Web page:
What a difference a few months make. In April, SpaceX pulled off the first landing of the first stage rocket on a drone ship. Two months and three droneship landings later, and Elon Musk is teasing the first reuse of the first stage rocket. Yesterday, he tweeted the private space company is aiming for a September/October reflight.
Fourth rocket arrives in the hangar. Aiming for first reflight in Sept/Oct. pic.twitter.com/TqW8d6Cc3U
— Elon Musk (@elonmusk) June 7, 2016
Dang Elon, it looks like you only have room for one more rocket.
That is a small delay. SpaceX’s original plans were to send one of the rockets back up in June. But, SpaceX wants to be careful. They are riding high right now. No reason to rush a reflight only for something to go wrong.
When SpaceX is ready to send an old first-stage rocket up, they will have a customer lined up. Satellite communications giant SES has expressed interest in using a used Falcon 9 rocket to carry one of their satellites into orbit.
“I did put out as a challenge to SpaceX that we would be the first satellite operator that would use the same rocket twice to get to (geostationary) orbit,” SES Chief Technology Officer Martin Halliwell said earlier this year according to Spaceflight Now. “We discussed that with our investors, and they really liked that. It’s something that I would really like to do.”
Why would SES be so eager to put one of the expensive satellites on a used Falcon 9 rocket? SpaceX touts the price reduction reusable rockets will bring, and SES hopes those reductions are across the board.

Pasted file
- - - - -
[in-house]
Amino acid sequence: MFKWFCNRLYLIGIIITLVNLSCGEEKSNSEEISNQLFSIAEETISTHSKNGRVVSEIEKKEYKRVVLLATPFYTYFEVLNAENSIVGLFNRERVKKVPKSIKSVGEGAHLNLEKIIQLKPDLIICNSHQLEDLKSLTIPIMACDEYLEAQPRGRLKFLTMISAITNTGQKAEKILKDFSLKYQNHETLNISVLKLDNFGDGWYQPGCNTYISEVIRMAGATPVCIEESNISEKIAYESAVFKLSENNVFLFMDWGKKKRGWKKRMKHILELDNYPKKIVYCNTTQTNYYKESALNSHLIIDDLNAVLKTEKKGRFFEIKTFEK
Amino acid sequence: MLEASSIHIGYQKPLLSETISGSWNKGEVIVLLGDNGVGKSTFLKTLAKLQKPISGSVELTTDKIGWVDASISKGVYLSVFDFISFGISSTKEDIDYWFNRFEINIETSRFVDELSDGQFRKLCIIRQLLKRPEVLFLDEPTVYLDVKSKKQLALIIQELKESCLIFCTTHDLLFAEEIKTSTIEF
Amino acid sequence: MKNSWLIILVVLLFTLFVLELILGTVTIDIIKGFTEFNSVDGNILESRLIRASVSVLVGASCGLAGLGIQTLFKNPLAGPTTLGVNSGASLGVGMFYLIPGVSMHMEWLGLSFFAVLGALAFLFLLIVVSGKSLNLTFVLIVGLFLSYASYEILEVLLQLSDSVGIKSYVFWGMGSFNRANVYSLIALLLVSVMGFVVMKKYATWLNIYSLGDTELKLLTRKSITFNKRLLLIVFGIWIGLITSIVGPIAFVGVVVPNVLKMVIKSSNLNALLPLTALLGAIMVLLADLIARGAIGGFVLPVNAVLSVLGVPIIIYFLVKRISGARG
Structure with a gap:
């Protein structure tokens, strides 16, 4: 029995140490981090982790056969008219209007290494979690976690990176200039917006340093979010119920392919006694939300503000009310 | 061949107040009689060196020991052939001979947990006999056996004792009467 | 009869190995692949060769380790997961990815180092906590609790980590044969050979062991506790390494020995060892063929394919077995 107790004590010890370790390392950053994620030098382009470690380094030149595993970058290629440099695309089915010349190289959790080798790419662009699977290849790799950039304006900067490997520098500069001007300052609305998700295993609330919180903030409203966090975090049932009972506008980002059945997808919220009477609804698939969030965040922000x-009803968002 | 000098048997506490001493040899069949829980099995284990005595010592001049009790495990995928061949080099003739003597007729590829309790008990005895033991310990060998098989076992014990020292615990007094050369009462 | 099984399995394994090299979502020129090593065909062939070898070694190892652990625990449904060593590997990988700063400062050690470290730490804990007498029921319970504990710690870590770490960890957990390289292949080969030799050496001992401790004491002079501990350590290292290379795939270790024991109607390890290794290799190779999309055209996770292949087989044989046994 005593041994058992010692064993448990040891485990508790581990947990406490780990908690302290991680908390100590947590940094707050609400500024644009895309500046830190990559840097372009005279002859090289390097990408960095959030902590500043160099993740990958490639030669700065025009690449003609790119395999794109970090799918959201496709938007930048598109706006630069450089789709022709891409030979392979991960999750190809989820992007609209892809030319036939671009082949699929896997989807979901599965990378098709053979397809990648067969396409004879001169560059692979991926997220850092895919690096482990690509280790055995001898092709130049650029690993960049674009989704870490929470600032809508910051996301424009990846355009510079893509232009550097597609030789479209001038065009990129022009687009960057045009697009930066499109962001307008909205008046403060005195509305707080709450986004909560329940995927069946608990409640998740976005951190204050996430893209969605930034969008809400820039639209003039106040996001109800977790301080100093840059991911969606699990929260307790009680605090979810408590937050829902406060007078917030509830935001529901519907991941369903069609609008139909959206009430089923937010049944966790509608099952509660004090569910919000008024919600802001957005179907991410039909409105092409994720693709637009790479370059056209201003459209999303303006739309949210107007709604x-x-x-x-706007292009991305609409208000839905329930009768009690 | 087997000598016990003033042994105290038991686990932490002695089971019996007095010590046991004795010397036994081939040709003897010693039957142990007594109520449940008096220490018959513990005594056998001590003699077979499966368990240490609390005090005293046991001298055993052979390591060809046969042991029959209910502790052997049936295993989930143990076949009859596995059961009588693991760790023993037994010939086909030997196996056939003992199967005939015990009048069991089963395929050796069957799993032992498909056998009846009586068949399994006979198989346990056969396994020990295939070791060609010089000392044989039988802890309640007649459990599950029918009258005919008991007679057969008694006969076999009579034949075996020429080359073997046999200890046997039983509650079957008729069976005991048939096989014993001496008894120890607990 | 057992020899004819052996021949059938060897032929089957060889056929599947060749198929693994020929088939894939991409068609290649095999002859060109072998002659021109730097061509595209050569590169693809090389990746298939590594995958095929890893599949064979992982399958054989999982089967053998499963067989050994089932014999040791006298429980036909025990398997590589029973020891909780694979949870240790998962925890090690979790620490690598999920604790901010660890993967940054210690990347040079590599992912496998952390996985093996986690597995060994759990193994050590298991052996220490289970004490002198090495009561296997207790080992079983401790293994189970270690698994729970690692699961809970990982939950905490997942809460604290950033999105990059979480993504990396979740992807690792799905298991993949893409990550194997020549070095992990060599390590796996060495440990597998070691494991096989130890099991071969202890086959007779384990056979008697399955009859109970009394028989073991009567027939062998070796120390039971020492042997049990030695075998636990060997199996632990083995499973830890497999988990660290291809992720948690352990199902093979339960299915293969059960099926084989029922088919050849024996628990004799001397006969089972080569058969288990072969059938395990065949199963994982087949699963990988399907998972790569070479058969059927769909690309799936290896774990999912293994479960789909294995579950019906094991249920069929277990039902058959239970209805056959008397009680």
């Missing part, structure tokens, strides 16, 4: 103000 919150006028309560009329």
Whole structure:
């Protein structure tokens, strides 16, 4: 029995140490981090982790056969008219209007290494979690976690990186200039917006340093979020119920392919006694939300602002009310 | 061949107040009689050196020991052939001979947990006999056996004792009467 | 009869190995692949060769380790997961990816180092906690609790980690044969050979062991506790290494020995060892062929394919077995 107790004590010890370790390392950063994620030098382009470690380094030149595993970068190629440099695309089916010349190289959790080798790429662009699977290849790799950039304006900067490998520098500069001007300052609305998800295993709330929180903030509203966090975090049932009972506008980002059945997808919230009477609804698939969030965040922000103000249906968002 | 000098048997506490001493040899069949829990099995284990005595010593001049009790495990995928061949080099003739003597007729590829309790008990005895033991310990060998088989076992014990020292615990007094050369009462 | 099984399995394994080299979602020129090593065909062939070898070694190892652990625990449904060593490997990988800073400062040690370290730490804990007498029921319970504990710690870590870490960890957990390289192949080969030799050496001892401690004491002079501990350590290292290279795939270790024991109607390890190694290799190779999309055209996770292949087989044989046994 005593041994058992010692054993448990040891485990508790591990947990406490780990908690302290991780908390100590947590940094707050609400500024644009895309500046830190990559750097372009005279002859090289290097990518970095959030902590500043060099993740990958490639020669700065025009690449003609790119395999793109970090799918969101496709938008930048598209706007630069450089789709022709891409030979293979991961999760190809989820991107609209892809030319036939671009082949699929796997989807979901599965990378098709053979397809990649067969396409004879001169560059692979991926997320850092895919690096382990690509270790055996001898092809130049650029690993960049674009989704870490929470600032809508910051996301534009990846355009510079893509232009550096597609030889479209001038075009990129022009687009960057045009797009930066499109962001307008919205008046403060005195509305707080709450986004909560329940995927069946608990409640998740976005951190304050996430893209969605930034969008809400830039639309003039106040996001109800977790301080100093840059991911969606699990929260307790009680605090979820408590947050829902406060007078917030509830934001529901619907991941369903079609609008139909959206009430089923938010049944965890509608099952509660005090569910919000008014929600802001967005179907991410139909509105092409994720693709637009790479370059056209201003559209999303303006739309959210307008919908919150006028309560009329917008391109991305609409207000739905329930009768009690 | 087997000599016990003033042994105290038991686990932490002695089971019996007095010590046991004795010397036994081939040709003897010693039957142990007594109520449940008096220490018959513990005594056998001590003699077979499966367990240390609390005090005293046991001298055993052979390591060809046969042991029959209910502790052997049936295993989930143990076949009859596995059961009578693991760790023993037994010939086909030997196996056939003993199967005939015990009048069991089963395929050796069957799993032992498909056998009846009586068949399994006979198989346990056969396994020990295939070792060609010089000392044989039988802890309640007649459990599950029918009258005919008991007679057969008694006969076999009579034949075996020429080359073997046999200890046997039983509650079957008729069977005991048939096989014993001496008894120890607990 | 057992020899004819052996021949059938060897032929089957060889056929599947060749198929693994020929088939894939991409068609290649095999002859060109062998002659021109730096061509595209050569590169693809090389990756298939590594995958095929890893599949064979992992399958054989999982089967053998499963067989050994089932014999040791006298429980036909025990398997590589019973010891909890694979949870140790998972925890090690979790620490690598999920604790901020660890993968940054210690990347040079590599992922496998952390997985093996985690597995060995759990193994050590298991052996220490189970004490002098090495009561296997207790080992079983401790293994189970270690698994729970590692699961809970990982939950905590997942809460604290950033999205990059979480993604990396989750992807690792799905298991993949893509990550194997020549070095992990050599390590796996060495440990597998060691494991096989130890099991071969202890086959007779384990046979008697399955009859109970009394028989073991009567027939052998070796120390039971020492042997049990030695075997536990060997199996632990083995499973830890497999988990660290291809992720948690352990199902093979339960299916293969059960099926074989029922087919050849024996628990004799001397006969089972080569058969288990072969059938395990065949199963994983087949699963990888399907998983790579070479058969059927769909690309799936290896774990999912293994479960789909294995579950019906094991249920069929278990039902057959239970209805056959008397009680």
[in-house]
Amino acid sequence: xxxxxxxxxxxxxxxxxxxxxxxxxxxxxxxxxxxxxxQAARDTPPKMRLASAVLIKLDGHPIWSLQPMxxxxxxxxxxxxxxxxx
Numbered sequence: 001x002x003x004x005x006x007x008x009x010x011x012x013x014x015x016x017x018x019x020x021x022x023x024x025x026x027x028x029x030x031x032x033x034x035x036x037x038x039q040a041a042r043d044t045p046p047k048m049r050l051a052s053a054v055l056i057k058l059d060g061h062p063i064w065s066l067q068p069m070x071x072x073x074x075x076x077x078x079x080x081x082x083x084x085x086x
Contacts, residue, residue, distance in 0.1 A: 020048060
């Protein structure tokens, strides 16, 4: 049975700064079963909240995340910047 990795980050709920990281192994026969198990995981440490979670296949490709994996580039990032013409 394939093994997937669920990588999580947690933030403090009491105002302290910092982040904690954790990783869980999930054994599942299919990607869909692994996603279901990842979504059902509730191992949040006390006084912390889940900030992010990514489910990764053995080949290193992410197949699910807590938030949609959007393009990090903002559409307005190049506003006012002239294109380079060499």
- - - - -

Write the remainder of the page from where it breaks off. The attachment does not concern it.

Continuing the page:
A quick look at SpaceX’s website shows a standard Falcon 9 launch costs $62 million. For that, customers can take a payload of up to 5.5 metric tons to GTO (geosynchronous transfer orbit).
SpaceX hasn’t said how much it a Falcon 9 launch would cost with a reused first stage.
I believe we are still a little ways from that. SpaceX will be putting one of the rockets through rigorous testing on the ground to see how the engines hold up. How many times can you relaunch the first stage? 2? 10? 50? 200? We don’t know. But SpaceX is damn determined to find out.
Elon Musk’s company might not hit their original dates all that often. But they are a determined bunch. If they say they will send the first stage back up, then they will send it back up.
SpaceX solved the first part of reusing rockets by getting them back to the ground. Now, let’s see if they can solve the second half by getting them back into the air successfully.